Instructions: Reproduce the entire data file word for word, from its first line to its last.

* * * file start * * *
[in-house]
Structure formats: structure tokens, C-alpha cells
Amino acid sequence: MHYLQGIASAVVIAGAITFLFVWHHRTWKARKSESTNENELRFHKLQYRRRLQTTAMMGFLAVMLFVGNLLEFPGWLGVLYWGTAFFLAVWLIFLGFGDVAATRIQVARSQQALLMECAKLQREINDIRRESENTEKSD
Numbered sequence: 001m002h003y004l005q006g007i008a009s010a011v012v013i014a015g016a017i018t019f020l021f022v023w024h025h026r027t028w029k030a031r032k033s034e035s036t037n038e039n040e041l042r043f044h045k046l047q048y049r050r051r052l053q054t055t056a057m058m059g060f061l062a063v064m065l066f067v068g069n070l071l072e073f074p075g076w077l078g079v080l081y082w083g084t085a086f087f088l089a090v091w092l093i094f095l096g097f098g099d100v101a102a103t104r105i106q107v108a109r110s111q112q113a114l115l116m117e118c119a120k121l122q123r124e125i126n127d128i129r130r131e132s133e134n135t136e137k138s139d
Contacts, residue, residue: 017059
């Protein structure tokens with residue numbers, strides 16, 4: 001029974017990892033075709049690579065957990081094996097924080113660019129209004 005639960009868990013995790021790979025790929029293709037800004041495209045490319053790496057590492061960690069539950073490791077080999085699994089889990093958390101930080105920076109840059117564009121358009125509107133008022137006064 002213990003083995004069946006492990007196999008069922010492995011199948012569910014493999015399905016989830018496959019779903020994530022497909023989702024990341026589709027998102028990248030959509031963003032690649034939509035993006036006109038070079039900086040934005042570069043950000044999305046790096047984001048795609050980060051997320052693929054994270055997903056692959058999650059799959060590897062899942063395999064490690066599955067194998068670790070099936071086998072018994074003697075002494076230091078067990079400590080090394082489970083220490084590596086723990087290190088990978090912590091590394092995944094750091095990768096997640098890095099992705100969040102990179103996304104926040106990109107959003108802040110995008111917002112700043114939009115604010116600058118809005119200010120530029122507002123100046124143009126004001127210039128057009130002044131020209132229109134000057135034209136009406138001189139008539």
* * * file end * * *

[in-house]
Structure formats: structure tokens, C-alpha cells
Amino acid sequence: MHYLQGIASAVVIAGAITFLFVWHHRTWKARKSESTNENELRFHKLQYRRRLQTTAMMGFLAVMLFVGNLLEFPGWLGVLYWGTAFFLAVWLIFLGFGDVAATRIQVARSQQALLMECAKLQREINDIRRESENTEKSD
Numbered sequence: 001m002h003y004l005q006g007i008a009s010a011v012v013i014a015g016a017i018t019f020l021f022v023w024h025h026r027t028w029k030a031r032k033s034e035s036t037n038e039n040e041l042r043f044h045k046l047q048y049r050r051r052l053q054t055t056a057m058m059g060f061l062a063v064m065l066f067v068g069n070l071l072e073f074p075g076w077l078g079v080l081y082w083g084t085a086f087f088l089a090v091w092l093i094f095l096g097f098g099d100v101a102a103t104r105i106q107v108a109r110s111q112q113a114l115l116m117e118c119a120k121l122q123r124e125i126n127d128i129r130r131e132s133e134n135t136e137k138s139d
Contacts, residue, residue: 017059
């Protein structure tokens with residue numbers, strides 16, 4: 001029974017990892033075709049690579065957990081094996097924080113660019129209004 005639960009868990013995790021790979025790929029293709037800004041495209045490319053790496057590492061960690069539950073490791077080999085699994089889990093958390101930080105920076109840059117564009121358009125509107133008022137006064 002213990003083995004069946006492990007196999008069922010492995011199948012569910014493999015399905016989830018496959019779903020994530022497909023989702024990341026589709027998102028990248030959509031963003032690649034939509035993006036006109038070079039900086040934005042570069043950000044999305046790096047984001048795609050980060051997320052693929054994270055997903056692959058999650059799959060590897062899942063395999064490690066599955067194998068670790070099936071086998072018994074003697075002494076230091078067990079400590080090394082489970083220490084590596086723990087290190088990978090912590091590394092995944094750091095990768096997640098890095099992705100969040102990179103996304104926040106990109107959003108802040110995008111917002112700043114939009115604010116600058118809005119200010120530029122507002123100046124143009126004001127210039128057009130002044131020209132229109134000057135034209136009406138001189139008539």